AAS Meeting #194 - Chicago, Illinois, May/June 1999
Session 8. Space Instruments
Display, Monday, May 31, 1999, 9:20am-6:30pm, Southwest Exhibit Hall

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[8.16] Low Frequency Astrophysics From Space

R. A. Perley (NRAO), C. K. Lacey (NRL/NRC), D. L. Jones (JPL), K. W. Weiler (NRL), M. L. Kaiser (GSFC), R. J. Allen (STScI)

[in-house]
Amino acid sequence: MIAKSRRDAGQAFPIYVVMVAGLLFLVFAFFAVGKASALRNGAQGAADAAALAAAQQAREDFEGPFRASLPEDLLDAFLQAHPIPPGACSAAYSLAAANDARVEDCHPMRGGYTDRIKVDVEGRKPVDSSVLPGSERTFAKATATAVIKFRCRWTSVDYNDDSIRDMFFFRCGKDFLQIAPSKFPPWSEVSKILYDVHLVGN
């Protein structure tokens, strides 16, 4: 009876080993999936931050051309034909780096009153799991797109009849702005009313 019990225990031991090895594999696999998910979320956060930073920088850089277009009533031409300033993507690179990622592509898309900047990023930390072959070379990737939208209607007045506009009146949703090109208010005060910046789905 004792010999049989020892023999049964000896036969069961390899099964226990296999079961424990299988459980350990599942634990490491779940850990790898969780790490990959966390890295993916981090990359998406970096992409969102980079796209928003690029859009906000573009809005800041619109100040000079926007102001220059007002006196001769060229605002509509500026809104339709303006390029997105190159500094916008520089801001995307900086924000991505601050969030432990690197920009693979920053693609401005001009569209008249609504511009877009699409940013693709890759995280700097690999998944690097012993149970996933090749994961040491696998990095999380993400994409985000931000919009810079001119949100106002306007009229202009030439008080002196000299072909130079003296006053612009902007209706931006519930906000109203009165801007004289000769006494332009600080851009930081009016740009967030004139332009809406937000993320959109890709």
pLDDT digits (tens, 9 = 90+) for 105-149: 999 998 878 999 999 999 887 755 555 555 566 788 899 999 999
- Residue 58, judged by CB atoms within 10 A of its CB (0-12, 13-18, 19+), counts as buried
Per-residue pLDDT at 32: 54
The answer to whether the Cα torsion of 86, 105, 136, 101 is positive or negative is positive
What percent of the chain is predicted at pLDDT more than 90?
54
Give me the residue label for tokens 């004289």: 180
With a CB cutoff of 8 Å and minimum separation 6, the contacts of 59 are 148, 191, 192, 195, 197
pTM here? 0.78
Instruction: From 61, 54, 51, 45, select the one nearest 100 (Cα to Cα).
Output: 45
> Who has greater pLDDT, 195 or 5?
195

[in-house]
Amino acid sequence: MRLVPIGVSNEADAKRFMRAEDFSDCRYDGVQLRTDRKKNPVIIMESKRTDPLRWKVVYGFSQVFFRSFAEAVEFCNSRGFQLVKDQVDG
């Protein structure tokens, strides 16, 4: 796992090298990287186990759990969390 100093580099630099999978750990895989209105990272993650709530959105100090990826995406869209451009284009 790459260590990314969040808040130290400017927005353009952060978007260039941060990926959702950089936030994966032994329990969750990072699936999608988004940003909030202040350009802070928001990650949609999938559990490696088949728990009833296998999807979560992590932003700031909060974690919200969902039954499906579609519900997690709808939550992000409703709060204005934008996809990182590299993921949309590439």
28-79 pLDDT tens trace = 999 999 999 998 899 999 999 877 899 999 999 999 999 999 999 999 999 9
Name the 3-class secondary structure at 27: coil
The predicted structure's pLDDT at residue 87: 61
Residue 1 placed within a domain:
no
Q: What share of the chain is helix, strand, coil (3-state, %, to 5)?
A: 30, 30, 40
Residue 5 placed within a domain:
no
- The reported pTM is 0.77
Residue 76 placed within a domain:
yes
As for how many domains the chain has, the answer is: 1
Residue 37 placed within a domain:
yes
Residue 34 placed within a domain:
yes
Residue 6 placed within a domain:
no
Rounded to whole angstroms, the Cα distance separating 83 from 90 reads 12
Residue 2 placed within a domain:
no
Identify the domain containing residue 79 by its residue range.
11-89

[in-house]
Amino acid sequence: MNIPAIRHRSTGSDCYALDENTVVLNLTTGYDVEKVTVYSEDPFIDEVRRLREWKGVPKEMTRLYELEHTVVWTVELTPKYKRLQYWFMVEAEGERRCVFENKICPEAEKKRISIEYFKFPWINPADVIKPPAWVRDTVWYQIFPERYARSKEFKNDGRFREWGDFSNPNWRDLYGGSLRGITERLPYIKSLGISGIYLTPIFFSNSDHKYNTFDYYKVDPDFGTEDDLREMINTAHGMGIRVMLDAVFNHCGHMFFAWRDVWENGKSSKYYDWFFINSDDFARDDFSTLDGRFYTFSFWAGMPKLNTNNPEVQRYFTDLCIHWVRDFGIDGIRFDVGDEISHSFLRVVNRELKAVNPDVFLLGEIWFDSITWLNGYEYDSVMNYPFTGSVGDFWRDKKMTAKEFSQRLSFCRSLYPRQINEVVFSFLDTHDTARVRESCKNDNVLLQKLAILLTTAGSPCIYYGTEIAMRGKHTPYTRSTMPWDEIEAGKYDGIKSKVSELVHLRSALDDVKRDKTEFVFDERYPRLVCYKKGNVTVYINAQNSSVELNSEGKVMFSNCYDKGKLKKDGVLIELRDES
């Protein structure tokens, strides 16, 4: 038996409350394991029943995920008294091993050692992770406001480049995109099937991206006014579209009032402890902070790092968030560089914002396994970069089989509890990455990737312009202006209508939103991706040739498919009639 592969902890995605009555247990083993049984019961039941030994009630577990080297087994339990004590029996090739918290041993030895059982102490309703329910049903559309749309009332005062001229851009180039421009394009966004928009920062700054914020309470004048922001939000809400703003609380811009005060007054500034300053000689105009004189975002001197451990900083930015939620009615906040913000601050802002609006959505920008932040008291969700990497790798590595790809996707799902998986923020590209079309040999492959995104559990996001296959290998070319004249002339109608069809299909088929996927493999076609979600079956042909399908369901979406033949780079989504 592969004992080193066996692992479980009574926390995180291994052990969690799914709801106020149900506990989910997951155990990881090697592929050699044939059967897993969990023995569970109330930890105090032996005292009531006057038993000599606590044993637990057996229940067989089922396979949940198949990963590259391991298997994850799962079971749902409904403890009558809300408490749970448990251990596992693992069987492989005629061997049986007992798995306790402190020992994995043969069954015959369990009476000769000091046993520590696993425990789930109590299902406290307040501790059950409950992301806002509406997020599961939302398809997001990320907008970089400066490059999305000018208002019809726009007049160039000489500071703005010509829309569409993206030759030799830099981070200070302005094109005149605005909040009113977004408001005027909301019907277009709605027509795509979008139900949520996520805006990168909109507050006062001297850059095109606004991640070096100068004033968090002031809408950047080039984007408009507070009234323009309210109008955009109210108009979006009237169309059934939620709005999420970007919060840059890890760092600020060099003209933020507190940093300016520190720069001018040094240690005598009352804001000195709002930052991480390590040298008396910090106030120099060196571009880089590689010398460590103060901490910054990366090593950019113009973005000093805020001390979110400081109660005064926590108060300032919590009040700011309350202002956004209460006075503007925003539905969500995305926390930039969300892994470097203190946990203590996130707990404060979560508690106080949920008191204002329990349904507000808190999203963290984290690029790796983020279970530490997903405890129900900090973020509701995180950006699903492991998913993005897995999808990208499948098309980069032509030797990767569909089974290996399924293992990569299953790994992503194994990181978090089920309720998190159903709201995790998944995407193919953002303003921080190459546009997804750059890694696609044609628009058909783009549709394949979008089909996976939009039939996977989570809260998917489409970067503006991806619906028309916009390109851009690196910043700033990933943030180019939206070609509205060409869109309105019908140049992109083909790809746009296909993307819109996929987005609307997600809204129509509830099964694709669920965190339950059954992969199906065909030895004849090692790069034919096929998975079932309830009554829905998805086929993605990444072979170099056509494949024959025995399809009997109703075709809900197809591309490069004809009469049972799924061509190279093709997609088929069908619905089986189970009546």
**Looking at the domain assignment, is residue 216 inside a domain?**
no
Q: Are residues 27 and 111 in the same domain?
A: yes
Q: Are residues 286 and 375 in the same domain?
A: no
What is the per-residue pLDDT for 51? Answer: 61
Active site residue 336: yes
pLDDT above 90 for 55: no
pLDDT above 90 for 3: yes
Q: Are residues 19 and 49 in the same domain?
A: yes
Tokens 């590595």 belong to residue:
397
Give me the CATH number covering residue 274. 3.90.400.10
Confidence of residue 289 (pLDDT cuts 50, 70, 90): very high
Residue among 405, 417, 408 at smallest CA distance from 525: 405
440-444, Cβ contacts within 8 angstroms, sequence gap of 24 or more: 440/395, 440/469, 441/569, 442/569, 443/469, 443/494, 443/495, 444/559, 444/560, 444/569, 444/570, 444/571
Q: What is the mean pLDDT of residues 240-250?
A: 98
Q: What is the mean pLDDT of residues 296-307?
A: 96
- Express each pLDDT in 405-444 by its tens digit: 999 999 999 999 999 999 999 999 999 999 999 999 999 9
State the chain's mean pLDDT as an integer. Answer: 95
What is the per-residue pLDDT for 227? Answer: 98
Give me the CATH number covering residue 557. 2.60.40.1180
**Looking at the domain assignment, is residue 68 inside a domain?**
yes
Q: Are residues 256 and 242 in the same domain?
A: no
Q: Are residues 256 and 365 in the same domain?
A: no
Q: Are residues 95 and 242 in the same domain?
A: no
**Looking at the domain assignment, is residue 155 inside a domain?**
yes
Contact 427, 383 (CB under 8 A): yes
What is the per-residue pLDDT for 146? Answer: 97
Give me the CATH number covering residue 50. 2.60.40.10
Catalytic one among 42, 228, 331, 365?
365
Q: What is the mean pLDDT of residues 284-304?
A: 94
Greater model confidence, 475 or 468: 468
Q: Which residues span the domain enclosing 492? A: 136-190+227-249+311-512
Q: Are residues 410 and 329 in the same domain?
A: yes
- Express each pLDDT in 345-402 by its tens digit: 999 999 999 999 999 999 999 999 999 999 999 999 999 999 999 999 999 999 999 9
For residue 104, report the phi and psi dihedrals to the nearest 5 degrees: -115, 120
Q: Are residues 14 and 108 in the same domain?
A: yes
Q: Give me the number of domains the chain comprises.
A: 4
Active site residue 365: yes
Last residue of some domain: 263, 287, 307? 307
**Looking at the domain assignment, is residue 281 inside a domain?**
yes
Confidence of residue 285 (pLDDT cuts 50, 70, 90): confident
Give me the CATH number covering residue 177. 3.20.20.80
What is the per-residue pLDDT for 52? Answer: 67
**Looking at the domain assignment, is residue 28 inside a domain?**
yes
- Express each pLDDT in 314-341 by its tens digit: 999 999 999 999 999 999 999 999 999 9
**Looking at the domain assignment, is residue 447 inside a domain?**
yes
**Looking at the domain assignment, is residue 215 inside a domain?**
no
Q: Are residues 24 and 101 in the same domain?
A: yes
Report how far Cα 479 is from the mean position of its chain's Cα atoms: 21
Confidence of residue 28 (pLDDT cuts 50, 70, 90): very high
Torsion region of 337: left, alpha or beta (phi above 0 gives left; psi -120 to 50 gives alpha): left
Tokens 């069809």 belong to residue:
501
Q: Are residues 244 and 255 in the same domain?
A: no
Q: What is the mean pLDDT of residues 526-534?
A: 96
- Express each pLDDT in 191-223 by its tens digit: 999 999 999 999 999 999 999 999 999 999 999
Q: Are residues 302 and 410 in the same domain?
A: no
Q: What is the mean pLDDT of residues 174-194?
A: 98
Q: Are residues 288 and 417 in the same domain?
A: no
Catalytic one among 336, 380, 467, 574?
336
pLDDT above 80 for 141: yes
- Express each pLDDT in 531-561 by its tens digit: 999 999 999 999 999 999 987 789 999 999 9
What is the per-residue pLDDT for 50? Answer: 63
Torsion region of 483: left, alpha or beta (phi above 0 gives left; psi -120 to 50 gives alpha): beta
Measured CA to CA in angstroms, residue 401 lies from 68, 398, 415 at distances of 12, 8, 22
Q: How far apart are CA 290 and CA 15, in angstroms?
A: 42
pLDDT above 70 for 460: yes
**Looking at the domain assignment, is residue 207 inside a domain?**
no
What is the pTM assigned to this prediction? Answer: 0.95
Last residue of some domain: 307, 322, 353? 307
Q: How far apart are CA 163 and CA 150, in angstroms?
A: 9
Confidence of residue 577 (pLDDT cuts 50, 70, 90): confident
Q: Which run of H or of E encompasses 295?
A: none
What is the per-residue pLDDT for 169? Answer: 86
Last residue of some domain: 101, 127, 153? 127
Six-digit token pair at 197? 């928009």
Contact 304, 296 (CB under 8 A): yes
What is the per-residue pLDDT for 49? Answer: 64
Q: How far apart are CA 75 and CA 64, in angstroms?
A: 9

The low frequency window from ~30 kHz (just above the local plasma frequency of the IPM) to ~30 MHz (where high resolution observations from the ground become possible most of the time) spans three orders of magnitude in frequency, wider than the infrared window opened by IRAS and ISO or the ultraviolet window opened by IUE and EUVE. It is the last region of the electromagnetic spectrum which is accessible from the vicinity of the Earth and still largely unexplored. Many important astrophysical questions concerning the solar system, Galaxy, and distant universe, such as CMEs, the distribution and turbulence properties of the interplanetary and interstellar plasmas, the lifetimes and evolution of extended radio sources, and the origin of cosmic rays can be answered with observations at frequencies of a few MHz and angular resolutions near an arcminute. From the Earth's surface, high angular resolution observations in this region of the spectrum are blocked by the obscuring veil of the ionosphere, so that exploring this last frontier of astrophysics requires going to space.

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